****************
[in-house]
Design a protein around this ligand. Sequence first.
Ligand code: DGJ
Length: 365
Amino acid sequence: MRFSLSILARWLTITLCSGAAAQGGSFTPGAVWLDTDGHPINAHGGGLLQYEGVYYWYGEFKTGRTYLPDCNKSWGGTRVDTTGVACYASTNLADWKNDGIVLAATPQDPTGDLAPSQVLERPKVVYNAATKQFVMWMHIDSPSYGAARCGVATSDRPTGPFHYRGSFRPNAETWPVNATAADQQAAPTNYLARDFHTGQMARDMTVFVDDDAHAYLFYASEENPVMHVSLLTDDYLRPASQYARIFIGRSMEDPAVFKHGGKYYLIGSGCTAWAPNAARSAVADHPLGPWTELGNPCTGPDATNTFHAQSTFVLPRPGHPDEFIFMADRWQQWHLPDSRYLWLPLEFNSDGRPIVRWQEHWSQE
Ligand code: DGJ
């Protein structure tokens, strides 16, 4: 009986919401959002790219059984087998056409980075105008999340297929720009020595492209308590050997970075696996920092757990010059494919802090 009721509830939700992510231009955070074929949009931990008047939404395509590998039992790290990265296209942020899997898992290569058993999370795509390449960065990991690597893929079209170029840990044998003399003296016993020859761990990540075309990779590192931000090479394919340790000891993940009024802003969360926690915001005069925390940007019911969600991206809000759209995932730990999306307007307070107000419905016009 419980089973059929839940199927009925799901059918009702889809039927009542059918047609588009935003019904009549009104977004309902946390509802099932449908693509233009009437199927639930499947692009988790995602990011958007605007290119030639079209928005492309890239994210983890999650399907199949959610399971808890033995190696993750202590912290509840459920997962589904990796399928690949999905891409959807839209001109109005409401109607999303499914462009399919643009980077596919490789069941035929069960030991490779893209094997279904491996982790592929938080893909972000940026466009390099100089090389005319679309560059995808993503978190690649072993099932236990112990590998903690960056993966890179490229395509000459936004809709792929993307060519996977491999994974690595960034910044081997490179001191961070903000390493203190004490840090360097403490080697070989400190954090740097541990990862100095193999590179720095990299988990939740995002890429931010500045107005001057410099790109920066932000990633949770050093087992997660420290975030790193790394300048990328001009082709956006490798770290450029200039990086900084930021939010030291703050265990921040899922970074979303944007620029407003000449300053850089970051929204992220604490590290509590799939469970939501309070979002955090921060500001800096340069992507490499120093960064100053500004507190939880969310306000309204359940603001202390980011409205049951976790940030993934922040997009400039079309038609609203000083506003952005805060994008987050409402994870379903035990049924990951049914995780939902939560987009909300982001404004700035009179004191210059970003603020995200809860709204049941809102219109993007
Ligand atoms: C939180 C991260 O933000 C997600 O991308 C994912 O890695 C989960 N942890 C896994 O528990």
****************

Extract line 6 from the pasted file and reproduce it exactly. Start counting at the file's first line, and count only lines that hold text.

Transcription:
Ligand code: DGJ